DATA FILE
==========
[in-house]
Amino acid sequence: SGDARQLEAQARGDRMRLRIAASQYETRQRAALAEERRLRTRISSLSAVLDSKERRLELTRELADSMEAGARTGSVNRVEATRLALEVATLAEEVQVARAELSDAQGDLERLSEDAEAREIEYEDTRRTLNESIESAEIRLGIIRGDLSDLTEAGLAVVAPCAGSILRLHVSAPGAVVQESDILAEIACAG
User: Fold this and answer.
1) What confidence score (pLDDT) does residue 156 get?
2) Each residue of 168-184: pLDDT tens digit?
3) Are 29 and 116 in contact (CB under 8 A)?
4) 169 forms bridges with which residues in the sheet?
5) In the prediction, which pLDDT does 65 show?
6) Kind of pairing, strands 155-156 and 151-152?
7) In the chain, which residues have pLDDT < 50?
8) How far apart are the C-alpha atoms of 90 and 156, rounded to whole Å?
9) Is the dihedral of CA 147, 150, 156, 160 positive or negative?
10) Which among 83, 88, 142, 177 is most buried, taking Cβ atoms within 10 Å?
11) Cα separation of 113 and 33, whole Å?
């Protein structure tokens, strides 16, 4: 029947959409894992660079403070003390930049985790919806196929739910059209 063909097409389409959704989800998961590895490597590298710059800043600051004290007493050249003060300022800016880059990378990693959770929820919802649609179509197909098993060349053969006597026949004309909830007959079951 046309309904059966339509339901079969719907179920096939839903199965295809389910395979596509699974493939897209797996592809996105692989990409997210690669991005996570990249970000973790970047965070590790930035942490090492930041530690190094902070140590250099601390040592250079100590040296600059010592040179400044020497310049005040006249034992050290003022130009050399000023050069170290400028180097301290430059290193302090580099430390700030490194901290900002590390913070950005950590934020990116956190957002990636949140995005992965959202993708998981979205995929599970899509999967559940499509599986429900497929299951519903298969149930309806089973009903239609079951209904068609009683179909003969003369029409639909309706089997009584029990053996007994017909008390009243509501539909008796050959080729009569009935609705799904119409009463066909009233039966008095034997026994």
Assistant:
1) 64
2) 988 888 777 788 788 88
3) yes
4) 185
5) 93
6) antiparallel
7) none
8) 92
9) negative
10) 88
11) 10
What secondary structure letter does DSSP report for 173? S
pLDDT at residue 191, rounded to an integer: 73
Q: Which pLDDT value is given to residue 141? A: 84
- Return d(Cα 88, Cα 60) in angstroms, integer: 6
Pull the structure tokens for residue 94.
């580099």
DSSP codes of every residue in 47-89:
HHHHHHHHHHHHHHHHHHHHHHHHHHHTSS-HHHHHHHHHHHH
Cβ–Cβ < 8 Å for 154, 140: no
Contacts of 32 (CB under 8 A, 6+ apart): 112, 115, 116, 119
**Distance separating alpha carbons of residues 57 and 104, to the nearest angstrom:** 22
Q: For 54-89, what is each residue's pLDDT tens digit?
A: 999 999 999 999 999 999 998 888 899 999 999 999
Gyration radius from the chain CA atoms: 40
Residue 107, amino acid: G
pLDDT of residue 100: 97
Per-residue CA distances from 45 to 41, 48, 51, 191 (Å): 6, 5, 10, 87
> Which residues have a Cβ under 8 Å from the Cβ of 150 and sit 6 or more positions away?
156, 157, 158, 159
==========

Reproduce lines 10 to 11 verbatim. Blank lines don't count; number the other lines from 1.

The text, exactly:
7) In the chain, which residues have pLDDT < 50?
8) How far apart are the C-alpha atoms of 90 and 156, rounded to whole Å?